County officials reminded San Diegans Friday to remain vigilant and remove standing water where mosquitoes can breed.
In past years, mosquito abatement was focused on stopping the spread of West Nile virus. But now, with the invasive Aedes mosquito taking hold in the region, tropical diseases like the Zika virus are also a concern, according to the county.
Supervisor Greg Cox said at a news conference that the fight against Zika will be waged “neighborhood by neighborhood, backyard by backyard,” and the public needs to be involved.
“Dumping out standing water inside and outside your homes is really important,” Cox said.
“Because if you don’t you could be growing invasive Aedes mosquitoes,” he said. “They can breed literally in a bucket, a discarded cup, in a toy left outside in the yard, even a bottle cap.”
The county does its share by making aerial drops of a granular larvicide that is harmless to people and pets, but kills mosquito larvae, on 48 waterways around the region. It treats another 1,400 potential breeding areas by hand, gives out free mosquito-eating fish, collects and tests dead birds for West Nile virus and tracks Zika cases.
The Aedes mosquitoes, which are black with white stripes, spread to San Diego County only a couple of years ago. The mosquito differs from the native variety by showing a preference for being in or around houses and biting during the day. Native mosquitoes feed outside at dusk and dawn.
County health officials said nearly all of the more than 80 San Diegans sickened with Zika contracted the illness while traveling overseas — with a couple of sexual transmissions from people who just returned to the area.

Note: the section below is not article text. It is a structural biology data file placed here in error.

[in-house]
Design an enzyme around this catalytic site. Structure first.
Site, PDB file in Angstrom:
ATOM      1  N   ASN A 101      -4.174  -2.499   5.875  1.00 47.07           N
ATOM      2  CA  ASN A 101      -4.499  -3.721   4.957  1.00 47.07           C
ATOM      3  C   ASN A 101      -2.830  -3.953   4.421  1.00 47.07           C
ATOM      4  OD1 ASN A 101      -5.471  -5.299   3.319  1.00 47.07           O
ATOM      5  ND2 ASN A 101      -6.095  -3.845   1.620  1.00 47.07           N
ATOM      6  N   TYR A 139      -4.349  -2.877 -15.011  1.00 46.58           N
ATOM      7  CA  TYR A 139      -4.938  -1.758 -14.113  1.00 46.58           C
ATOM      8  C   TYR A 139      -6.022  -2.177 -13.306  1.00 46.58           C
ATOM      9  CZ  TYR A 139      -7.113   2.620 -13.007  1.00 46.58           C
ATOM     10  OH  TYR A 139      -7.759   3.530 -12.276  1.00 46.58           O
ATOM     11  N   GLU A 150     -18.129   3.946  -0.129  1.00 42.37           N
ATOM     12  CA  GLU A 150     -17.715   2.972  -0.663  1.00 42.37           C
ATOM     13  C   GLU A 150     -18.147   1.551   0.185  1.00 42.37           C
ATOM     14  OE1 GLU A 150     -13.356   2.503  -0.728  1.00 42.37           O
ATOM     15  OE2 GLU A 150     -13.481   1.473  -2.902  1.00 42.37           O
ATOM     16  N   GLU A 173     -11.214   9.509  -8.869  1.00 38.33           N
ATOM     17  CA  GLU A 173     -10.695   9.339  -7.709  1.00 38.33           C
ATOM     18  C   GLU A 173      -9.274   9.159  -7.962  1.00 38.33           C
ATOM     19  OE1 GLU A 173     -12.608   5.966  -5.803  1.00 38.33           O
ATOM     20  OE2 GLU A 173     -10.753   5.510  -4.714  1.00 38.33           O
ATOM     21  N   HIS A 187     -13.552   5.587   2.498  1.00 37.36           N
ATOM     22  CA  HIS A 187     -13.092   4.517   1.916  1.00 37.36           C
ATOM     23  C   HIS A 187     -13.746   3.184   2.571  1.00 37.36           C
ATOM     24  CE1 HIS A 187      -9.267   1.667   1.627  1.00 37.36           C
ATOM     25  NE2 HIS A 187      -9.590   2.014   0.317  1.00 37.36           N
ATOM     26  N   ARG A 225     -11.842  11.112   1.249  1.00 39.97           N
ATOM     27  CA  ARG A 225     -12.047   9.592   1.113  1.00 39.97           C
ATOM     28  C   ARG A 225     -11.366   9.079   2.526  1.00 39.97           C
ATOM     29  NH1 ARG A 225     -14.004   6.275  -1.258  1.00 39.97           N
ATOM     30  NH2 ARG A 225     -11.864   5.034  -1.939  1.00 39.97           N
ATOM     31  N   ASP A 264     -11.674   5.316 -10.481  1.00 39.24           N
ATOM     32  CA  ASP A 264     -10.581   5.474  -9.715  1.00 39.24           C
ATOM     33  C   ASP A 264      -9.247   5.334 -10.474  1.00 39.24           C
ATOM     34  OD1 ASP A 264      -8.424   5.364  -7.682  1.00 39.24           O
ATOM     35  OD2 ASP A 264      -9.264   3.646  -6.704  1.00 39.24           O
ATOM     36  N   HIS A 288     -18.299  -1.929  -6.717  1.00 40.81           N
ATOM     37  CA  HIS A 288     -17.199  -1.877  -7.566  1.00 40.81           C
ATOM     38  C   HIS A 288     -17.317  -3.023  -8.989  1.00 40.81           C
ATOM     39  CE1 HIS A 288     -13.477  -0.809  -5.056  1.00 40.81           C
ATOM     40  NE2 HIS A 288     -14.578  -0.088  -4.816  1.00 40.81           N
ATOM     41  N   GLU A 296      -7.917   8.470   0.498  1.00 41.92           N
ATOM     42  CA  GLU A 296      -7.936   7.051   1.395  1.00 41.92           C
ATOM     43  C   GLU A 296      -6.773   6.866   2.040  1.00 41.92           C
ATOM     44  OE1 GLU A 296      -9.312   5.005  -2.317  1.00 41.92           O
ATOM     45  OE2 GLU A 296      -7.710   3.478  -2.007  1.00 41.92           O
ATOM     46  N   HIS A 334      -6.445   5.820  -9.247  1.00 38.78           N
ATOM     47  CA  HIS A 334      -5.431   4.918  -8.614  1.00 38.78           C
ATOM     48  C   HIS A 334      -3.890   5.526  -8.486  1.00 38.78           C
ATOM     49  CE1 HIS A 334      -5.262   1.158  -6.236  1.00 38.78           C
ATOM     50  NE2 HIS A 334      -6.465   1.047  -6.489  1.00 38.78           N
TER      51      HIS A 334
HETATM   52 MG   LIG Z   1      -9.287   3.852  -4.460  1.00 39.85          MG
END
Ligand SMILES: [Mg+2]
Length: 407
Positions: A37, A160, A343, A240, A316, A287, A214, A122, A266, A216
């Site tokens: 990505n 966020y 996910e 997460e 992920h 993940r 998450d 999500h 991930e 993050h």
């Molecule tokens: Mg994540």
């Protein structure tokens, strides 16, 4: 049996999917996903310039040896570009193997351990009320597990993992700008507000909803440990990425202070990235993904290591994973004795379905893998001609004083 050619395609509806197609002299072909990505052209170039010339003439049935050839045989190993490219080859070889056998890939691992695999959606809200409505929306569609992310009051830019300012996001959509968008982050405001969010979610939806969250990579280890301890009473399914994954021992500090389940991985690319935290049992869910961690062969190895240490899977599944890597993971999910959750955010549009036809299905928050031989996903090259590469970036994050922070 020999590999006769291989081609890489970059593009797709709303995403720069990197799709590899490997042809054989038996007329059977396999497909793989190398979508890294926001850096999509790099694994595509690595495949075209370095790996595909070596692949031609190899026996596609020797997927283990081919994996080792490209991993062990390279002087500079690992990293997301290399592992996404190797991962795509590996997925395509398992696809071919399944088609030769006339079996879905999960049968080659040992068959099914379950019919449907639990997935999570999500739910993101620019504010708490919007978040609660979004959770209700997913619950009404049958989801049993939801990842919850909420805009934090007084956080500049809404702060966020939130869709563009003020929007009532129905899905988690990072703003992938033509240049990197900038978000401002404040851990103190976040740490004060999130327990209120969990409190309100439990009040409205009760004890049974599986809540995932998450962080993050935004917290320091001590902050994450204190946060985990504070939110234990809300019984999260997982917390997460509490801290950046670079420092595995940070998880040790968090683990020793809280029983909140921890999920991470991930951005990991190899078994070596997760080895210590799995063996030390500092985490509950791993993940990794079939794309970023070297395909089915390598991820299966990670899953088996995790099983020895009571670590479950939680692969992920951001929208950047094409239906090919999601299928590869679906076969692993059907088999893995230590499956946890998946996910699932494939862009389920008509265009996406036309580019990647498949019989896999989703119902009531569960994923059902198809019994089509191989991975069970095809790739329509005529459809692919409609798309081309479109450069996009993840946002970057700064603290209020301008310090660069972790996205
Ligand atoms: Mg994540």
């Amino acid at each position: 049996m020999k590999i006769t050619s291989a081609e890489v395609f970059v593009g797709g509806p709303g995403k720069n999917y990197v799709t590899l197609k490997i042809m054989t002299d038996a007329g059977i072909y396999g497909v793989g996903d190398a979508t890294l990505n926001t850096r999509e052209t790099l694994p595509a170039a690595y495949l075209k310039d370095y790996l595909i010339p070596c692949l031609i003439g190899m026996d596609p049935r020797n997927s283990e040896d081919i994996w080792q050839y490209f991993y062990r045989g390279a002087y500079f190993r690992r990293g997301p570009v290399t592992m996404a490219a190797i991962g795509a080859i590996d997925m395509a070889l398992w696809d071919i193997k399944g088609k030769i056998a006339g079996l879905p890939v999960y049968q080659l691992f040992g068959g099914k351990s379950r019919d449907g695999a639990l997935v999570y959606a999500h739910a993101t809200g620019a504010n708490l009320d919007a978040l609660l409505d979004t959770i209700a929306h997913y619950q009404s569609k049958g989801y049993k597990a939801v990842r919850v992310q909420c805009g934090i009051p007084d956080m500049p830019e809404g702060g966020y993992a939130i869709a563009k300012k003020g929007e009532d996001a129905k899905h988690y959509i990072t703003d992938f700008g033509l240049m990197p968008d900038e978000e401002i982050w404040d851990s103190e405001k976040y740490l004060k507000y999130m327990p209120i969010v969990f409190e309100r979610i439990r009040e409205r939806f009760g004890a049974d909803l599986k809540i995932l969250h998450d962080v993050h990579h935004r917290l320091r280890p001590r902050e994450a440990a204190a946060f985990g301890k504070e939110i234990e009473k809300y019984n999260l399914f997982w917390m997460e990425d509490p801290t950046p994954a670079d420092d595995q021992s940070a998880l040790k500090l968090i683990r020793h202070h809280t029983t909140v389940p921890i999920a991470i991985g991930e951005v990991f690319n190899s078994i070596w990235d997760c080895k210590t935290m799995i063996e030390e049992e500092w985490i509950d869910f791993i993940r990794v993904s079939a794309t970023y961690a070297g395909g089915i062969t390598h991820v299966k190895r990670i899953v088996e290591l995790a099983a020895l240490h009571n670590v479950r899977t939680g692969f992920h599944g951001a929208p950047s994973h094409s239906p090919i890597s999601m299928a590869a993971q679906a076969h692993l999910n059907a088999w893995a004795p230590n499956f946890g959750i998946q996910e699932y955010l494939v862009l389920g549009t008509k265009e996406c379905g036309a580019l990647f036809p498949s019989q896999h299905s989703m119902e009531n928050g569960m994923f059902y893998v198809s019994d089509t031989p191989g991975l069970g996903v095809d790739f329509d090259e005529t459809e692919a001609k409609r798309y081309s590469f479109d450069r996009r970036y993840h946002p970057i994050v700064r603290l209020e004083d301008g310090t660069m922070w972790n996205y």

Zika has not been found in a local mosquito, according to the county. Nonetheless, when Aedes mosquitoes were discovered near the homes of 10 people with the disease last year, county officials sprayed the neighborhoods to keep the illness from spreading.
Most people infected with either the Zika or West Nile virus don’t experience symptoms. Deputy Public Health Officer Dr. Sayone Thihalolipavan said around 20 percent will feel like they have a mild case of the flu.
However, both illnesses have the potential for far worse impacts. Zika cases involving pregnant women have been blamed for causing microcephaly, which leaves infants with smaller brains and skulls. One San Diego child was recently born with the condition.
WNV is fatal in about one in 150 cases, with the risk increasing for patients over the age of 50, Thihalolipavan said.
The county Department of Environmental Health urged residents to report to them if they’re bitten by mosquitoes during daylight hours, or if insects that match the description of Aedes mosquitoes are spotted, by contacting the Vector Control Program at (858) 694-2888.
— City News Service
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